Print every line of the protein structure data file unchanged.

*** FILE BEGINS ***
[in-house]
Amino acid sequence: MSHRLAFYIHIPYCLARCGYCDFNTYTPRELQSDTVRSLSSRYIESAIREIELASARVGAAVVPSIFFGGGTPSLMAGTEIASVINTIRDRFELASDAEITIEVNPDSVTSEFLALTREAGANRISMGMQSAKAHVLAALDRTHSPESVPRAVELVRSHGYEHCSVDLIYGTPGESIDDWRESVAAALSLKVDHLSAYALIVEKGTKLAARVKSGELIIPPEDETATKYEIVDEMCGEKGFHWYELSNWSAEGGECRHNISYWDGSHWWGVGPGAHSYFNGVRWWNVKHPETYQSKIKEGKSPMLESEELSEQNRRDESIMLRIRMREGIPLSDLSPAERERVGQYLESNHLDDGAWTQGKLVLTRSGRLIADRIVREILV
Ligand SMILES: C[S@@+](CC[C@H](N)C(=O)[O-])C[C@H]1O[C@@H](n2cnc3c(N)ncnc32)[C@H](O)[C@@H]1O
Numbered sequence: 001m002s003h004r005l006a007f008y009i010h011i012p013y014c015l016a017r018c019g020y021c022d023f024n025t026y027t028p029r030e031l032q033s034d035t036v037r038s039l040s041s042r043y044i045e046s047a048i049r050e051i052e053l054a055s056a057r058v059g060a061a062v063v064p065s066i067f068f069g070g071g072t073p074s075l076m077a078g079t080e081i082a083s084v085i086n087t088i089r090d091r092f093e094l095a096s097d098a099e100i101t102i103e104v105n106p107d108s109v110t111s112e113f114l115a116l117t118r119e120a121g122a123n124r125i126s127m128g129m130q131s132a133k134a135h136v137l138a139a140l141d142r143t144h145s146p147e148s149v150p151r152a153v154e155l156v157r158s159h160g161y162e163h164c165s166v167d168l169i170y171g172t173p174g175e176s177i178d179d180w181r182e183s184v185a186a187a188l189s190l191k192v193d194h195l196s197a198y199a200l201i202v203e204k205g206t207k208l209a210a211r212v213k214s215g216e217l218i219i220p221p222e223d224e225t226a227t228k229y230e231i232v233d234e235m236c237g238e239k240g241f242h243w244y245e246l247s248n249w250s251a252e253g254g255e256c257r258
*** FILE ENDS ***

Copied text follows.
[in-house]
Amino acid sequence: MSHRLAFYIHIPYCLARCGYCDFNTYTPRELQSDTVRSLSSRYIESAIREIELASARVGAAVVPSIFFGGGTPSLMAGTEIASVINTIRDRFELASDAEITIEVNPDSVTSEFLALTREAGANRISMGMQSAKAHVLAALDRTHSPESVPRAVELVRSHGYEHCSVDLIYGTPGESIDDWRESVAAALSLKVDHLSAYALIVEKGTKLAARVKSGELIIPPEDETATKYEIVDEMCGEKGFHWYELSNWSAEGGECRHNISYWDGSHWWGVGPGAHSYFNGVRWWNVKHPETYQSKIKEGKSPMLESEELSEQNRRDESIMLRIRMREGIPLSDLSPAERERVGQYLESNHLDDGAWTQGKLVLTRSGRLIADRIVREILV
Ligand SMILES: C[S@@+](CC[C@H](N)C(=O)[O-])C[C@H]1O[C@@H](n2cnc3c(N)ncnc32)[C@H](O)[C@@H]1O
Numbered sequence: 001m002s003h004r005l006a007f008y009i010h011i012p013y014c015l016a017r018c019g020y021c022d023f024n025t026y027t028p029r030e031l032q033s034d035t036v037r038s039l040s041s042r043y044i045e046s047a048i049r050e051i052e053l054a055s056a057r058v059g060a061a062v063v064p065s066i067f068f069g070g071g072t073p074s075l076m077a078g079t080e081i082a083s084v085i086n087t088i089r090d091r092f093e094l095a096s097d098a099e100i101t102i103e104v105n106p107d108s109v110t111s112e113f114l115a116l117t118r119e120a121g122a123n124r125i126s127m128g129m130q131s132a133k134a135h136v137l138a139a140l141d142r143t144h145s146p147e148s149v150p151r152a153v154e155l156v157r158s159h160g161y162e163h164c165s166v167d168l169i170y171g172t173p174g175e176s177i178d179d180w181r182e183s184v185a186a187a188l189s190l191k192v193d194h195l196s197a198y199a200l201i202v203e204k205g206t207k208l209a210a211r212v213k214s215g216e217l218i219i220p221p222e223d224e225t226a227t228k229y230e231i232v233d234e235m236c237g238e239k240g241f242h243w244y245e246l247s248n249w250s251a252e253g254g255e256c257r258